With DNSSEC, a DNS response now contains not only an answer but also a digital signature over that data made by the private key of the zone where the data originates. Validating this signature requires the zone’s public key – which DNSSEC conveniently stores in the DNS – so obtaining the required key for validation is simple. But how do you trust that key? Who vouches for its authenticity?
In the X.509 certificate world, this vouching is the job of a CA. An X.509 certificate is a CA’s digitally signed statement that a particular entity has a specific public key. If you trust a CA’s public key, then you trust the certificates signed with the CA’s corresponding private key.
DNSSEC has no equivalent of a CA. Instead, the only entity that can vouch for a zone’s public key is that zone’s parent in the DNS hierarchy. For example, only the .com zone can vouch for the public key of the example.com zone, and only the root zone can vouch for the .com zone’s public key. The root zone is the top of the DNS hierarchy, so it has no parent to vouch for its key. Instead, the root zone’s key must be configured as a “trust anchor”. A trust anchor is a key that is declared trustworthy, rather than deriving its trustworthiness by being signed by another key.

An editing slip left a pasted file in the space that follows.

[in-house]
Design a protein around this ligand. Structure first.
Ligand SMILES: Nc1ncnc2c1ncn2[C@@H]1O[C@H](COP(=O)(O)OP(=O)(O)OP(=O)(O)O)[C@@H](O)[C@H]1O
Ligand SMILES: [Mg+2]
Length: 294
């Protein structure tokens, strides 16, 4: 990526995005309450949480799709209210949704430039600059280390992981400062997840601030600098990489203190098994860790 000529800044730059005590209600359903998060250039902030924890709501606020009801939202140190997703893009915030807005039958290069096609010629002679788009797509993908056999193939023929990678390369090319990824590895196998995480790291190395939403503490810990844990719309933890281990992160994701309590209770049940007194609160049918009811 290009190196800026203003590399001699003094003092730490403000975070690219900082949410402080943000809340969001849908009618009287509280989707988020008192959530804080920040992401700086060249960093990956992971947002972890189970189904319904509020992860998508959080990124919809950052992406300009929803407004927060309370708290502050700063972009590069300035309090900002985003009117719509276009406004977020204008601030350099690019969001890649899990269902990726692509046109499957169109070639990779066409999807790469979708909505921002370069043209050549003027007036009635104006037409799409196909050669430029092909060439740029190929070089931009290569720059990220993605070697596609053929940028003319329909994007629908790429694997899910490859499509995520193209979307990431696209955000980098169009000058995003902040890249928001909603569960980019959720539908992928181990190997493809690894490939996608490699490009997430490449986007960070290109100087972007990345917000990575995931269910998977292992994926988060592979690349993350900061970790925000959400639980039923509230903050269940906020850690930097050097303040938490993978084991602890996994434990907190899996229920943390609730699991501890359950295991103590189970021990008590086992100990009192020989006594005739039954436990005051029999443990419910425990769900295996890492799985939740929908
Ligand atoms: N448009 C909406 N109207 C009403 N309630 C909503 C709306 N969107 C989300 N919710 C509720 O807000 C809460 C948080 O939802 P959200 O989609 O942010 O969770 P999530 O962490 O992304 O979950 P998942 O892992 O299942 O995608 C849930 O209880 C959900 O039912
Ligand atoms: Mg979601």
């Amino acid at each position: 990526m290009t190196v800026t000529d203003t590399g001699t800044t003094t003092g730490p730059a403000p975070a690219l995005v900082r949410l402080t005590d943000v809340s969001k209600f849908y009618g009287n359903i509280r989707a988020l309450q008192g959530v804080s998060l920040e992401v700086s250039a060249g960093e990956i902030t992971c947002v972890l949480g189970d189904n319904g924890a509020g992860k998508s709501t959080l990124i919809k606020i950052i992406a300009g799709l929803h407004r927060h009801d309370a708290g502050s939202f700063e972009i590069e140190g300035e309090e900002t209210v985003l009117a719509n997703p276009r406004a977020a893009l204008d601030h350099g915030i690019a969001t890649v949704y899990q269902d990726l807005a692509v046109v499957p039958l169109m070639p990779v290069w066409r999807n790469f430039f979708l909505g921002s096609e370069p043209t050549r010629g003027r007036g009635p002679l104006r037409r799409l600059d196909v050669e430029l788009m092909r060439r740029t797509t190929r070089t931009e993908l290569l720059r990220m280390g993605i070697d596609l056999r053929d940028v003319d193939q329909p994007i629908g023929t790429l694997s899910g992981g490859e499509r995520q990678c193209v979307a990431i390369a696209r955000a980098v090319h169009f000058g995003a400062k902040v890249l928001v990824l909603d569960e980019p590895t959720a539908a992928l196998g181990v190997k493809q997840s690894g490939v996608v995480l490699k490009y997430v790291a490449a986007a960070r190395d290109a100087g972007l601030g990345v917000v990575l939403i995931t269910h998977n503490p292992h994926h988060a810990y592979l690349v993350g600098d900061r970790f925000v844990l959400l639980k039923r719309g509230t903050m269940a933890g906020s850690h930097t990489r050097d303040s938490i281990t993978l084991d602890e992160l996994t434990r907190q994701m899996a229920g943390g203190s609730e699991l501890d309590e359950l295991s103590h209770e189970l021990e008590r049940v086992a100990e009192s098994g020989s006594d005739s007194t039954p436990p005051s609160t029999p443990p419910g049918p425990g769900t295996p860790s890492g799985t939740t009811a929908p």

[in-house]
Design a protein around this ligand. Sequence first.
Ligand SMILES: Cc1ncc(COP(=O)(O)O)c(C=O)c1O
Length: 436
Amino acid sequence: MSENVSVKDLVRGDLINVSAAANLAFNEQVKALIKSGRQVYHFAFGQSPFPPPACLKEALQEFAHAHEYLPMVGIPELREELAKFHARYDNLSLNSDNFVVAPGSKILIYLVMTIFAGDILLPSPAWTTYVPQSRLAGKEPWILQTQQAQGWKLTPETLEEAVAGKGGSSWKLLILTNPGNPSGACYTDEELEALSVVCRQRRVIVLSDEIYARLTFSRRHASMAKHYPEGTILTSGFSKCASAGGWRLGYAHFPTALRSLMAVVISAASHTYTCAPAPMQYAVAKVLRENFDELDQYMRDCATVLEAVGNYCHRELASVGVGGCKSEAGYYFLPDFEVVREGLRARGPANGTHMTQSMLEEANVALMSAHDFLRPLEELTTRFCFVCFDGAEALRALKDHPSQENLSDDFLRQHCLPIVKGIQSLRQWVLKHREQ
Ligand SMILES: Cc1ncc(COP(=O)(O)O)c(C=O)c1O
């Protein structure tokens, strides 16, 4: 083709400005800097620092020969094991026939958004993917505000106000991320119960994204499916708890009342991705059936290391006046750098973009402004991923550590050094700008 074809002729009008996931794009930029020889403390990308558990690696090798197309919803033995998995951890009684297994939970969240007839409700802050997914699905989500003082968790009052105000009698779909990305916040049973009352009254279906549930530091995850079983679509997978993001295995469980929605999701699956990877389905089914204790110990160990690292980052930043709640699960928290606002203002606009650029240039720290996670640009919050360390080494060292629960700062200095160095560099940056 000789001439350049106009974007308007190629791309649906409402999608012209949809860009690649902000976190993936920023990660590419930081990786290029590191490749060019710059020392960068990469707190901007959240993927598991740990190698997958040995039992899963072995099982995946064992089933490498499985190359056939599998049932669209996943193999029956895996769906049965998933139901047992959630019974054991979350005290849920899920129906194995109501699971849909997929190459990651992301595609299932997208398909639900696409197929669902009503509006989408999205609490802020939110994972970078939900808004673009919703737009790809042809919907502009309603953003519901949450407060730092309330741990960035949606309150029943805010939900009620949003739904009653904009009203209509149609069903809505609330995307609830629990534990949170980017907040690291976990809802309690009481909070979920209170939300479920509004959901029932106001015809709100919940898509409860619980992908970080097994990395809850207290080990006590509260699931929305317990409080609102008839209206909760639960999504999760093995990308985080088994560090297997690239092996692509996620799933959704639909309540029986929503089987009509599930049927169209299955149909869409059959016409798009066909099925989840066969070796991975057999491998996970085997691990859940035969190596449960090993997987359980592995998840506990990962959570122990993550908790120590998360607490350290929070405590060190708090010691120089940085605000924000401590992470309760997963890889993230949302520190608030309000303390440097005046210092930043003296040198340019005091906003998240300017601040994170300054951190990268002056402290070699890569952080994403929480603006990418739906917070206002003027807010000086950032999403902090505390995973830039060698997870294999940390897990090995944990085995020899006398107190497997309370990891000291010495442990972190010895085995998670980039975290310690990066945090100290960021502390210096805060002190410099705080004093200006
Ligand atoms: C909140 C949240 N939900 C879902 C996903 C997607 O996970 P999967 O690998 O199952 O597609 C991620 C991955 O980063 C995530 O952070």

So to validate a digital signature over DNS data, you start at the root’s trust anchor and build a “chain of trust” – with parent zones vouching for child zones – until you reach and trust the public key of the zone the data came from. Then you use that key to validate the data’s signature. (The actual process, not surprisingly, is a bit more complicated. There are usually two keys, not just one, for each zone, but a chain of trust starting at the root is the important concept here.)
This description of the DNSSEC trust model illustrates the importance of the root zone’s key: it is the starting point of the chain of trust. In DNSSEC terminology, the key used as a trust anchor is usually a kind of key called a key-signing key, or KSK. Any device performing DNSSEC validation needs to have the root zone’s KSK configured as a trust anchor. DNSSEC validation is usually performed by recursive name servers, which are operated by Internet Service Providers (ISPs) and enterprises, so these devices, and many others, have the root zone KSK configured.